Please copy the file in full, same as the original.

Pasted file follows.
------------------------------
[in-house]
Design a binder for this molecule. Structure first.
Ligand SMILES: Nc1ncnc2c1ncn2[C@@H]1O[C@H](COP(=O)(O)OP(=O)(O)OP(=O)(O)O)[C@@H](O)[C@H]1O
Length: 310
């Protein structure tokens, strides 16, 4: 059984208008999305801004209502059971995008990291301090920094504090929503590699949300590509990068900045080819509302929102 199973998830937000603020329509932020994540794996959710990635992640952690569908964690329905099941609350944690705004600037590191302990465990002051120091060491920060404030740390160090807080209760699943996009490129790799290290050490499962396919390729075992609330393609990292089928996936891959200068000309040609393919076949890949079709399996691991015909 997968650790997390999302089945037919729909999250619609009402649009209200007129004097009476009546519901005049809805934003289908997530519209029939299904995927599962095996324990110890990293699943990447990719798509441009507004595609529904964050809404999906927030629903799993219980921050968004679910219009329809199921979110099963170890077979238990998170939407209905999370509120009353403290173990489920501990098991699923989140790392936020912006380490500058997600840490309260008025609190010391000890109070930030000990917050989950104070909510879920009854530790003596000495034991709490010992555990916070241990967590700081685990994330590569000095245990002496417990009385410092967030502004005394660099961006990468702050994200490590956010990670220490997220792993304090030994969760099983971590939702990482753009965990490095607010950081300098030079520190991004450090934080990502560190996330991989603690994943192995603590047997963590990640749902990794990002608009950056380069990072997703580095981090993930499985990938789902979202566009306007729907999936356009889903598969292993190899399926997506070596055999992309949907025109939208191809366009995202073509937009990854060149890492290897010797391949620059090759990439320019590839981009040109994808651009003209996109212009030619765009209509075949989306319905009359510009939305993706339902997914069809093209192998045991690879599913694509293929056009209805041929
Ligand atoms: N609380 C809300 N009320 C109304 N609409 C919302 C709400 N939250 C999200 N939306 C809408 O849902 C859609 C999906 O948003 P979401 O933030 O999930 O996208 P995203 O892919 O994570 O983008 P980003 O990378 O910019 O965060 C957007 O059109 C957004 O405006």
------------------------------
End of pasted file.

[in-house]
Design a binder for this molecule. Structure first.
Ligand SMILES: Nc1ncnc2c1ncn2[C@@H]1O[C@H](COP(=O)(O)OP(=O)(O)OP(=O)(O)O)[C@@H](O)[C@H]1O
Length: 310
């Protein structure tokens, strides 16, 4: 059984208008999305801004209502059971995008990291301090920094504090929503590699949300590509990068900045080819509302929102 199973998830937000603020329509932020994540794996959710990635992640952690569908964690329905099941609350944690705004600037590191302990465990002051120091060491920060404030740390160090807080209760699943996009490129790799290290050490499962396919390729075992609330393609990292089928996936891959200068000309040609393919076949890949079709399996691991015909 997968650790997390999302089945037919729909999250619609009402649009209200007129004097009476009546519901005049809805934003289908997530519209029939299904995927599962095996324990110890990293699943990447990719798509441009507004595609529904964050809404999906927030629903799993219980921050968004679910219009329809199921979110099963170890077979238990998170939407209905999370509120009353403290173990489920501990098991699923989140790392936020912006380490500058997600840490309260008025609190010391000890109070930030000990917050989950104070909510879920009854530790003596000495034991709490010992555990916070241990967590700081685990994330590569000095245990002496417990009385410092967030502004005394660099961006990468702050994200490590956010990670220490997220792993304090030994969760099983971590939702990482753009965990490095607010950081300098030079520190991004450090934080990502560190996330991989603690994943192995603590047997963590990640749902990794990002608009950056380069990072997703580095981090993930499985990938789902979202566009306007729907999936356009889903598969292993190899399926997506070596055999992309949907025109939208191809366009995202073509937009990854060149890492290897010797391949620059090759990439320019590839981009040109994808651009003209996109212009030619765009209509075949989306319905009359510009939305993706339902997914069809093209192998045991690879599913694509293929056009209805041929
Ligand atoms: N609380 C809300 N009320 C109304 N609409 C919302 C709400 N939250 C999200 N939306 C809408 O849902 C859609 C999906 O948003 P979401 O933030 O999930 O996208 P995203 O892919 O994570 O983008 P980003 O990378 O910019 O965060 C957007 O059109 C957004 O405006």